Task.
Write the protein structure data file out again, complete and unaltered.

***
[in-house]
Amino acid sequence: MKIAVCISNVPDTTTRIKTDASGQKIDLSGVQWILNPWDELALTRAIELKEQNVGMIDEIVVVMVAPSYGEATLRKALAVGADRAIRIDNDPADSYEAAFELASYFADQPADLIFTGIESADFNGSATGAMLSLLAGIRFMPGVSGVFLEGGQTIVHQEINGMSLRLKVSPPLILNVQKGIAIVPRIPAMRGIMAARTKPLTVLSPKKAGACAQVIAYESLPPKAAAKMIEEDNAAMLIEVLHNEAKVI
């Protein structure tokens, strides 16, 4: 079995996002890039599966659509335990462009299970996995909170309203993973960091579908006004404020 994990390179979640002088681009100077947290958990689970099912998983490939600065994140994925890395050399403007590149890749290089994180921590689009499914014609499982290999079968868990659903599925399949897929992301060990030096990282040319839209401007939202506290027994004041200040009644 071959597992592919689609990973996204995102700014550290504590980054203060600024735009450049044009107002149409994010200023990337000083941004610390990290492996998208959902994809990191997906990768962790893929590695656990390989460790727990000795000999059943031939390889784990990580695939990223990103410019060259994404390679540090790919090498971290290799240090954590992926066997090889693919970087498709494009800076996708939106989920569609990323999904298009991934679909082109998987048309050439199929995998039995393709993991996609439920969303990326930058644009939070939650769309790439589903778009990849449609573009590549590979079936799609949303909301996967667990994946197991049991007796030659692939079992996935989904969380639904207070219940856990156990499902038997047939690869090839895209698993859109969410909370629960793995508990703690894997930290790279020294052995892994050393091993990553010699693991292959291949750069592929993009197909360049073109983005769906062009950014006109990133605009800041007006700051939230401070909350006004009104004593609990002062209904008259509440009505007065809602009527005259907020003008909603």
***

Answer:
[in-house]
Amino acid sequence: MKIAVCISNVPDTTTRIKTDASGQKIDLSGVQWILNPWDELALTRAIELKEQNVGMIDEIVVVMVAPSYGEATLRKALAVGADRAIRIDNDPADSYEAAFELASYFADQPADLIFTGIESADFNGSATGAMLSLLAGIRFMPGVSGVFLEGGQTIVHQEINGMSLRLKVSPPLILNVQKGIAIVPRIPAMRGIMAARTKPLTVLSPKKAGACAQVIAYESLPPKAAAKMIEEDNAAMLIEVLHNEAKVI
């Protein structure tokens, strides 16, 4: 079995996002890039599966659509335990462009299970996995909170309203993973960091579908006004404020 994990390179979640002088681009100077947290958990689970099912998983490939600065994140994925890395050399403007590149890749290089994180921590689009499914014609499982290999079968868990659903599925399949897929992301060990030096990282040319839209401007939202506290027994004041200040009644 071959597992592919689609990973996204995102700014550290504590980054203060600024735009450049044009107002149409994010200023990337000083941004610390990290492996998208959902994809990191997906990768962790893929590695656990390989460790727990000795000999059943031939390889784990990580695939990223990103410019060259994404390679540090790919090498971290290799240090954590992926066997090889693919970087498709494009800076996708939106989920569609990323999904298009991934679909082109998987048309050439199929995998039995393709993991996609439920969303990326930058644009939070939650769309790439589903778009990849449609573009590549590979079936799609949303909301996967667990994946197991049991007796030659692939079992996935989904969380639904207070219940856990156990499902038997047939690869090839895209698993859109969410909370629960793995508990703690894997930290790279020294052995892994050393091993990553010699693991292959291949750069592929993009197909360049073109983005769906062009950014006109990133605009800041007006700051939230401070909350006004009104004593609990002062209904008259509440009505007065809602009527005259907020003008909603």